Over in the Corner, Patrick Brennan notes, “The race has been portrayed as a referendum on Obama, particularly his Israel policy and the national debt. In a heavily Jewish district, Turner has placed much of his hope for a victory on convincing likely voters that he will be a better friend to Israel than his Orthodox Jewish opponent, David Weprin, because of Obama’s cool attitude towards Israel. He has apparently succeeded, leading Weprin by a huge margin, 56 points to 39, among Jewish voters – a worrisome omen for Obama in 2012.”
You’ll remember I’ve had my gripes with the Democratic survey firm Public Policy Polling in the past. But it sounds like they’ve encountered some results in the special election in New York that surprises (and probably displeases) them:
My pretty straight forward take on the first night of our NY-9 poll: Dems in BIG trouble. It deserves the caps . . . If David Weprin wins this race, he’s going to win it in the final 5 days.
GOP’s Bob Turner is being called “the Scott Brown of Queens,” but recall Brown’s rival, Martha Coakley, made an embarrassing gaffe by using a 9/11 image in a late ad, “The image in the attack on Scott Brown for his alleged closeness to Wall Street pictures the World Trade Center and the destroyed Marriott Hotel on its western side.”
By the way, the green copper-roofed skyscraper is 40 Wall Street, also known as the Bank of Manhattan Trust building, the Manhattan Company Building, and the Trump Building, which is about three blocks from the World Trade Center site.
Over at the lefty site FireDogLake, there’s some grumbling that the Democratic Congressional Campaign Committee has botched this month’s special elections:
Understand that this [late spending on ads by the DCCC] has an impact on not one, but two elections. There’s another special election in NV-02 on September 13, and a few weeks ago one PPP poll showed that a one-point race between Republican Mark Amodei and Democrat Kate Marshall. But the DCCC never budged, never sent resources, and Amodei has buried Marshall with ad spending. So the D-Trip concedes that race, probably because they were conserving funds for NY-09, which by all rights should have been a sleepy blowout.
That half a million dollars would have come in very handy next year, when Democrats make a push to take back the House, no? Instead, it’s being chewed up in the expensive New York City media market to protect a bad candidate whose district will probably get chopped up in redistricting anyway. This is a really bad scenario, and it’s largely because of the national malaise and weak numbers for the President and Democrats. Republican numbers aren’t better, but in a seat like NY-09, the Democrats are seen as the incumbents. And the nation is in an anti-incumbent mood.
Republican Bob Turner led Democrat David Weprin by 6 points in the nonpartisan Siena College poll released this morning. The nonpartisan survey conducted Tuesday through late Thursday found 50 percent of those polled would vote for Turner if the election were held “today” while 44 percent would vote for Weprin. Six percent of the 886 likely voters polled said they were undecided. The numbers have flipped from a Siena poll a month ago, when Weprin had a 6-point lead.
It’s easy to forget, but Tuesday will be Election Day in two corners of the country.
In Nevada, residents of the 2nd congressional district will select their representative in Congress for the remainder of 2011 and 2012, choosing between Republican Mark Amodei, Democrat Kate Marshall, and two other candidates. Tim Fasano and Helmuth Lehmann.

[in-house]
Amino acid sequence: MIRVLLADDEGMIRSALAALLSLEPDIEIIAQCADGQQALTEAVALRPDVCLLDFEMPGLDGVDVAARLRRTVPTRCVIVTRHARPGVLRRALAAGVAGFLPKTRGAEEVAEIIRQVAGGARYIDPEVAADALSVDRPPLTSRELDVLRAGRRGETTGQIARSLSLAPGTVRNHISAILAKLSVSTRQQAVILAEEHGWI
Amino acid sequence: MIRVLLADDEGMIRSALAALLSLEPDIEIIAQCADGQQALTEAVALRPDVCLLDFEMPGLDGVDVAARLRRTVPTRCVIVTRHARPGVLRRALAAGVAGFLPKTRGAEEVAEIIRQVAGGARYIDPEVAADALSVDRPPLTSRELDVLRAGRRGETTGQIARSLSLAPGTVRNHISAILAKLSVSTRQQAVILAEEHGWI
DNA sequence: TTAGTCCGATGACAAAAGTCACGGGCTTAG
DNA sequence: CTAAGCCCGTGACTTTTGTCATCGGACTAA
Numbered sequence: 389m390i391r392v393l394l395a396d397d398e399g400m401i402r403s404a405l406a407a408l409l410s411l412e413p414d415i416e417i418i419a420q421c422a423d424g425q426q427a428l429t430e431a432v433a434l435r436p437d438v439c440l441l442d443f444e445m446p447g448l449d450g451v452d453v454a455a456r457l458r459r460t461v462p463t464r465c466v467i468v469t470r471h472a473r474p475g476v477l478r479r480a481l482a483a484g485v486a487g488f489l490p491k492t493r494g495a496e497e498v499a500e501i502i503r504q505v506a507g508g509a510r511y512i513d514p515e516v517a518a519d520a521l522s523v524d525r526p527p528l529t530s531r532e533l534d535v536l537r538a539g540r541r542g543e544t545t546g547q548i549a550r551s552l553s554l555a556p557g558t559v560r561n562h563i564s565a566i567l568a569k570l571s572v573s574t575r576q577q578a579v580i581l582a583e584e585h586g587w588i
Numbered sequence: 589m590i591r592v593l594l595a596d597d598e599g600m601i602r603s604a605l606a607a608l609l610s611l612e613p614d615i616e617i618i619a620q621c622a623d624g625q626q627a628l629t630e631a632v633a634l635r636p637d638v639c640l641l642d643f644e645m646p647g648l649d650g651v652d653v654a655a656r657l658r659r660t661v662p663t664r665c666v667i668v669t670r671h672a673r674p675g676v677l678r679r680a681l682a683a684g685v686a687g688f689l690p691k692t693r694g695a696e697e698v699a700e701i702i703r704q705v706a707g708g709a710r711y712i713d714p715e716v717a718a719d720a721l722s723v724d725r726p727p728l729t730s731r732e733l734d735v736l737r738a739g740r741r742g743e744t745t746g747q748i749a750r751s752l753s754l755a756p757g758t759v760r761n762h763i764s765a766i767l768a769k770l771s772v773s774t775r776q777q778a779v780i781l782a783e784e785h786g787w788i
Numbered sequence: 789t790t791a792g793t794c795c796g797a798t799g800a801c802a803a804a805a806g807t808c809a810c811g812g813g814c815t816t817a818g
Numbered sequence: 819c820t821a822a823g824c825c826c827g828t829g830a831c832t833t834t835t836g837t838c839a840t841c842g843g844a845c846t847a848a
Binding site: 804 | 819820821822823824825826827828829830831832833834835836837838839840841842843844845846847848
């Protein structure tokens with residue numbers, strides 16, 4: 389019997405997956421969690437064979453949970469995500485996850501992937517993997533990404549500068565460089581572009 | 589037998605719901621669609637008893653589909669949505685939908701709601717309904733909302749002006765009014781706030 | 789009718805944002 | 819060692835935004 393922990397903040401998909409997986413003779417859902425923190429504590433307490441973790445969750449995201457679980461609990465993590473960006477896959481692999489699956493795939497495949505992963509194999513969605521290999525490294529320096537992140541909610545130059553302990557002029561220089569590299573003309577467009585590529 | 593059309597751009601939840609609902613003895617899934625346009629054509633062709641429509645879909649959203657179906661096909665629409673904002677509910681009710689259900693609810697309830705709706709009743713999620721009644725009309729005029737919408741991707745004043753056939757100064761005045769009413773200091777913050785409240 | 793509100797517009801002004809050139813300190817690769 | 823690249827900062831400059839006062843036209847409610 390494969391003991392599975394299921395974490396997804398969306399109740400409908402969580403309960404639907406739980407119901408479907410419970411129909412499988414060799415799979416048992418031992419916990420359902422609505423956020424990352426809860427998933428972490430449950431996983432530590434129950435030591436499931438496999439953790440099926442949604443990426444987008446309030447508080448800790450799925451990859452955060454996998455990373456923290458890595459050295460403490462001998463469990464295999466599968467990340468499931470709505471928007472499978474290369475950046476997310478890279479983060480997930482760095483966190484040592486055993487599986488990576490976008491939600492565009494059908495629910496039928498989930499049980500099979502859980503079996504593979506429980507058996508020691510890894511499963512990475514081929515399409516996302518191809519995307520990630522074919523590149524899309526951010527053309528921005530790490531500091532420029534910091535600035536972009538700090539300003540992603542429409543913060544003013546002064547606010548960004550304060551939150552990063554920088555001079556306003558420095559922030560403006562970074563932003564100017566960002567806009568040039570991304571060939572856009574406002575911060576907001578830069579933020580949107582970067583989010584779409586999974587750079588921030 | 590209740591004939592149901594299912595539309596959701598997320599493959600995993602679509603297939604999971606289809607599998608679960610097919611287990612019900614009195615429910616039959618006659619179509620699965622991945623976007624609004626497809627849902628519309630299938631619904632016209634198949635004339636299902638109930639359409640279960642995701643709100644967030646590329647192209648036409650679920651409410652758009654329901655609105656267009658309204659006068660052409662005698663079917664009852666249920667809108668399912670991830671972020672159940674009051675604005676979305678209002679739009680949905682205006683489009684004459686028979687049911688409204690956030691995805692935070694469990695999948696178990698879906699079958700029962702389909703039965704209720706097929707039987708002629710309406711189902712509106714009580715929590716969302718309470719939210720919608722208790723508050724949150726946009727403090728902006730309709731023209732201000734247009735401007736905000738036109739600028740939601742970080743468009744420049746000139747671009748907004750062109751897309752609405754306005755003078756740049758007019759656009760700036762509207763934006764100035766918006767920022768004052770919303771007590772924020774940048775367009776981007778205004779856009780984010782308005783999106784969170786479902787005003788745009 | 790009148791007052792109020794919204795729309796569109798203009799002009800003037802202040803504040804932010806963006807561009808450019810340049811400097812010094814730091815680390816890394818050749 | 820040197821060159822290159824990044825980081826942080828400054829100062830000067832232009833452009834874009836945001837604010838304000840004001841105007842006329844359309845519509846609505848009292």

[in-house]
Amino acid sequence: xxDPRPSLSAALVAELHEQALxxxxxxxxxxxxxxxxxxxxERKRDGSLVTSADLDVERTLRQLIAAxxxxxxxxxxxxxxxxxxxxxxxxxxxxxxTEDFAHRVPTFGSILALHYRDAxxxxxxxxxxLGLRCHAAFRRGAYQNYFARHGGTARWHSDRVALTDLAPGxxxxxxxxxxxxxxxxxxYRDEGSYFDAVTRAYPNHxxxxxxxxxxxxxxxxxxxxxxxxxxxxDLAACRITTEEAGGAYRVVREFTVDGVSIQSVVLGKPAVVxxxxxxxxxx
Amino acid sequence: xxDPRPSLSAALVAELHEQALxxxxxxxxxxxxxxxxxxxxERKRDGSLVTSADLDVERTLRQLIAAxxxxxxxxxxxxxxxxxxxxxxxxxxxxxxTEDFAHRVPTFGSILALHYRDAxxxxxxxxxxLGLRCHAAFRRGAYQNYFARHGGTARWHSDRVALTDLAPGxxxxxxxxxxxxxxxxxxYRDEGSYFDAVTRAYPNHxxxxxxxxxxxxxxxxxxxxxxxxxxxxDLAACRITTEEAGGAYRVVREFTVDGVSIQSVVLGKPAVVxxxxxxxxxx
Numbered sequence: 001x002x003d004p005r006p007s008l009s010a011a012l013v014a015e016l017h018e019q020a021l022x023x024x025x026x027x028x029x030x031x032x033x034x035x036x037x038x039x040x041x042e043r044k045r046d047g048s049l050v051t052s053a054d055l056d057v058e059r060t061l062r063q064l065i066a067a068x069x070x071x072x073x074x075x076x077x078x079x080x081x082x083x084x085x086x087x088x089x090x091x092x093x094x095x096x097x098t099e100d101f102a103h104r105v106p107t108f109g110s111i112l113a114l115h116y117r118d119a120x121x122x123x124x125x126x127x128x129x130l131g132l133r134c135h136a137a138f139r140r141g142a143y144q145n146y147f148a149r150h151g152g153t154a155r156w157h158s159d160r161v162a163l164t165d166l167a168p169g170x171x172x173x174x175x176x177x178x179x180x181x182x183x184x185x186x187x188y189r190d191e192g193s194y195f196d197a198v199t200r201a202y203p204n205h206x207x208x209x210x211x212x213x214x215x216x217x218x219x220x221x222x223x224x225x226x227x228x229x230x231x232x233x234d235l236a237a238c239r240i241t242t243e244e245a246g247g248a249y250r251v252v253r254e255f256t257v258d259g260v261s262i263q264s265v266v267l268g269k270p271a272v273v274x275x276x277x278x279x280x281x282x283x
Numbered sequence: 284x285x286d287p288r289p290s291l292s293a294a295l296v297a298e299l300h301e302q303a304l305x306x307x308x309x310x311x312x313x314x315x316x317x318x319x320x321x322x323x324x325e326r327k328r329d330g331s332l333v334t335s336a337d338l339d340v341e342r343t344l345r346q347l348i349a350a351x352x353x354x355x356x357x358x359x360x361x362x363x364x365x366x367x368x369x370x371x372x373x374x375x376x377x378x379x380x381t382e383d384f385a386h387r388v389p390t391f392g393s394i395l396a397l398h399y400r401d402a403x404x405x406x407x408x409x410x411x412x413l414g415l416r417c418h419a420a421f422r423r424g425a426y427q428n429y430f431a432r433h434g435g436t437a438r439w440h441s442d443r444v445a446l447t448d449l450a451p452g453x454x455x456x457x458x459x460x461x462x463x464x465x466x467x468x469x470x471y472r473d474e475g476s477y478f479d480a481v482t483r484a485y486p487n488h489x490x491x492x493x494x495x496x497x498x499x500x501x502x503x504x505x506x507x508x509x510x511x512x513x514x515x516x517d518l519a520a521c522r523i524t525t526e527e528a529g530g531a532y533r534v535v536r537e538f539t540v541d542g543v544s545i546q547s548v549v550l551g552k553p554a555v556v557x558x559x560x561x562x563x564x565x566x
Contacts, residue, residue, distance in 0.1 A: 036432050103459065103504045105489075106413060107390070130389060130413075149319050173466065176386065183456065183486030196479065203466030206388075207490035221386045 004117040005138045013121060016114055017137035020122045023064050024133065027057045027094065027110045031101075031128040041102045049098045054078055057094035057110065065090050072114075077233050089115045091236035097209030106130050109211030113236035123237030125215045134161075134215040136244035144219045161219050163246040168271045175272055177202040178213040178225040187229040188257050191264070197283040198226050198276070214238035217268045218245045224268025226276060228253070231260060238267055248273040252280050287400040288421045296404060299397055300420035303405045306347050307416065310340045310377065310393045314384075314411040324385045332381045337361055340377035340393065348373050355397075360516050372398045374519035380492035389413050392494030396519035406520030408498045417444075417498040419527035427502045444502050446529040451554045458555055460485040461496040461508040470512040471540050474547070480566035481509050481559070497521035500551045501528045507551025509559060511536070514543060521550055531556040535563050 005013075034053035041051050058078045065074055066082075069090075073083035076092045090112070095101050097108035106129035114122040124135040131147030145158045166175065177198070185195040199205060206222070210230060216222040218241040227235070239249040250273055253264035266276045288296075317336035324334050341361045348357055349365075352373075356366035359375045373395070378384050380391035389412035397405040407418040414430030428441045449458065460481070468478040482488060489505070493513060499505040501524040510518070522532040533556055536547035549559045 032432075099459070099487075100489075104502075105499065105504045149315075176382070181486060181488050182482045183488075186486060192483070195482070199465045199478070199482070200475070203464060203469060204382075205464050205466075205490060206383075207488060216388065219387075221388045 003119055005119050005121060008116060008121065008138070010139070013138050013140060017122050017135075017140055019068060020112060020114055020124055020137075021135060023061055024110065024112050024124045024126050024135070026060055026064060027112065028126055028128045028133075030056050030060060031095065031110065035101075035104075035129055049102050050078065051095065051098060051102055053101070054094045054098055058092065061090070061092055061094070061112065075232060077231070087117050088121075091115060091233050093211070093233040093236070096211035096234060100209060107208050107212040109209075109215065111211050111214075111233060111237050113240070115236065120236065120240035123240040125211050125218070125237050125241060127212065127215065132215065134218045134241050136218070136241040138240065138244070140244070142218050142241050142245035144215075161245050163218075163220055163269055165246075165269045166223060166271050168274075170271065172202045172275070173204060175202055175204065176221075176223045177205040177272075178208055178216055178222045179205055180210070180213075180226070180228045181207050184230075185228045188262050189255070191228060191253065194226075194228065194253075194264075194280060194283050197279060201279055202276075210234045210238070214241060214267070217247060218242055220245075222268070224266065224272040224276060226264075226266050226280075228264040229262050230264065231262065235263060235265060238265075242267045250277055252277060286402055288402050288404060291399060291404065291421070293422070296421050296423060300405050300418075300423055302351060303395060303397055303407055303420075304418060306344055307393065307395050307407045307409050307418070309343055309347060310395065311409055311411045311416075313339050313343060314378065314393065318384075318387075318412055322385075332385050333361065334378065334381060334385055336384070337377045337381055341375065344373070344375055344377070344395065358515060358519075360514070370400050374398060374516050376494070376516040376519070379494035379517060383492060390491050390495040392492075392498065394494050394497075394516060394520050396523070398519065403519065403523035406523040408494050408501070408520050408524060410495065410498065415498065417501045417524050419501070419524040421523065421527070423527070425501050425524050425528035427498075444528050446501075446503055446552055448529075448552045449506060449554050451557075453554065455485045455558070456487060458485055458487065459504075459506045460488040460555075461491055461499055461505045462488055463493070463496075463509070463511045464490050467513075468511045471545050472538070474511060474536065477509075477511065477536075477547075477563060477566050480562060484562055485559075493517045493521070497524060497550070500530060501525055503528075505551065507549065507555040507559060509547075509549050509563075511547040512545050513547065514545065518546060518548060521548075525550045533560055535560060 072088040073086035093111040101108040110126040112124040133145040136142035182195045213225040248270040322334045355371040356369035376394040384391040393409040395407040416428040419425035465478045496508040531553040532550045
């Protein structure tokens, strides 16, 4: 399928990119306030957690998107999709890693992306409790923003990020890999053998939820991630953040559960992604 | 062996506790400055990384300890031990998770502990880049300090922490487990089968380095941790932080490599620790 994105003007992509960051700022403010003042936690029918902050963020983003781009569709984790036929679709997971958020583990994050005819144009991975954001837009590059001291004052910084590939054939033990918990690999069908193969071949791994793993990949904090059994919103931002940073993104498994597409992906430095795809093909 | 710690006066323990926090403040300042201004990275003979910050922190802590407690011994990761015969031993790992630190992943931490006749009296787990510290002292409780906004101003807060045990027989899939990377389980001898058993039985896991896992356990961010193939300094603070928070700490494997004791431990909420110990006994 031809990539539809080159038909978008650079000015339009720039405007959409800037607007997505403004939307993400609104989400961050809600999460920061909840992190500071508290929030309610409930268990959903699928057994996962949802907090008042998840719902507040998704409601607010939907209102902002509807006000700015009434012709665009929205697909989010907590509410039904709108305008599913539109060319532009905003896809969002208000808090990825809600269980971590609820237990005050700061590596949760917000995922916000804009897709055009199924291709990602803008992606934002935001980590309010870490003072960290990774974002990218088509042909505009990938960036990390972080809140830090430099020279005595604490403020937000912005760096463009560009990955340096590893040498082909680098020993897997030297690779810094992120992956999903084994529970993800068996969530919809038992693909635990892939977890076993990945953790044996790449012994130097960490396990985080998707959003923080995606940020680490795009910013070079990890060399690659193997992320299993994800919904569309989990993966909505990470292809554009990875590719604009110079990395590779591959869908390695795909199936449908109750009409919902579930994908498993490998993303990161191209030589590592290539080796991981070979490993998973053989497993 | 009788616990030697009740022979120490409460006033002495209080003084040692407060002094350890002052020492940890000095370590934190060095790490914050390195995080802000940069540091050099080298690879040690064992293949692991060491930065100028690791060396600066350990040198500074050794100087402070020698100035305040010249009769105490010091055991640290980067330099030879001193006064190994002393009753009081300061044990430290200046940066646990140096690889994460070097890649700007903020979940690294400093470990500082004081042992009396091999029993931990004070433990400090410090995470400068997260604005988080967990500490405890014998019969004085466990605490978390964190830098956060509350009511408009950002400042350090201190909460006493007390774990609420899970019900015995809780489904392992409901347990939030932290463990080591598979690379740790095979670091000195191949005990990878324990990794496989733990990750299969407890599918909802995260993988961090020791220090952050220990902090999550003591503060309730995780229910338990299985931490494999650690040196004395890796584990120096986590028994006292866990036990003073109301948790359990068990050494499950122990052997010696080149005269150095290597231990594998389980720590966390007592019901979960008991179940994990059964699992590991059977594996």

Early voting has been brisk, with 20,038 registered Democrats, 32,068 registered Republicans, and 7,208 other voters casting ballots so far. That’s a healthy 12,030-vote margin for the Republicans, but there’s no guarantee that that translates to a 12,000-vote margin for Amodei.
Amodei’s closing negative ad compares Marshall’s cookie-cutter campaign rhetoric to that of some other well-known Democrats who aren’t polling well in this district these days:
And Amodei’s closing positive message is that “we’ve been promised recovery, and we’ve been given misery. Let’s send a message to Washington.”
A late-August poll from Democratic firm Public Policy Polling put Amodei ahead by only one, but there are signs that Washington Democrats are giving up:
The Democratic Congressional Campaign Committee’s investment has been limited to a few field staffers dispatched from Washington. In truth, the party has all but given up on winning; early-voting numbers show a sluggish Democratic turnout, suggesting that Amodei is en route to a big win.
The two districts are mirror images of each other, in that Nevada’s is an R+5 while New York’s 9th congressional district, the district once represented by the infamous Anthony Weiner, is D+5 in the Cook Partisan Voting Index. But Democrats seem nervous about the chances of their nominee David Weprin, who’s apparently barely head of GOP candidate Bob Turner. For what it is worth, a poll of 2,055 likely voters by Magellan Strategies shows Turner with a four-point lead over Weprin. Patrick Brennan, NRO’s 2011 William F. Buckley Fellow, laid out why Turner could be “the Scott Brown of Queens” here.
Redistricting will force New York to lose a congressional seat in the 2012 elections, and so it’s possible that the winner of this special election will find himself running against an incumbent next November.
It’s worth noting that special-election victories don’t always foreshadow the trend of the following elections; Democrats enjoyed special-election wins by Scott Murphy and Bill Owens in New York, Ted Deutch in Florida, and Mark Critz in Pennsylvania in 2009 and 2010 before getting thrashed in the 2010 midterms; the GOP won special elections with John Campbell and Brian Bilbray in California in 2005 and 2006, and then went on to lose the House and Senate in 2006. But a GOP sweep on Tuesday would help set the conventional wisdom that 2012 is shaping up to be a tremendously difficult year for the Democrats.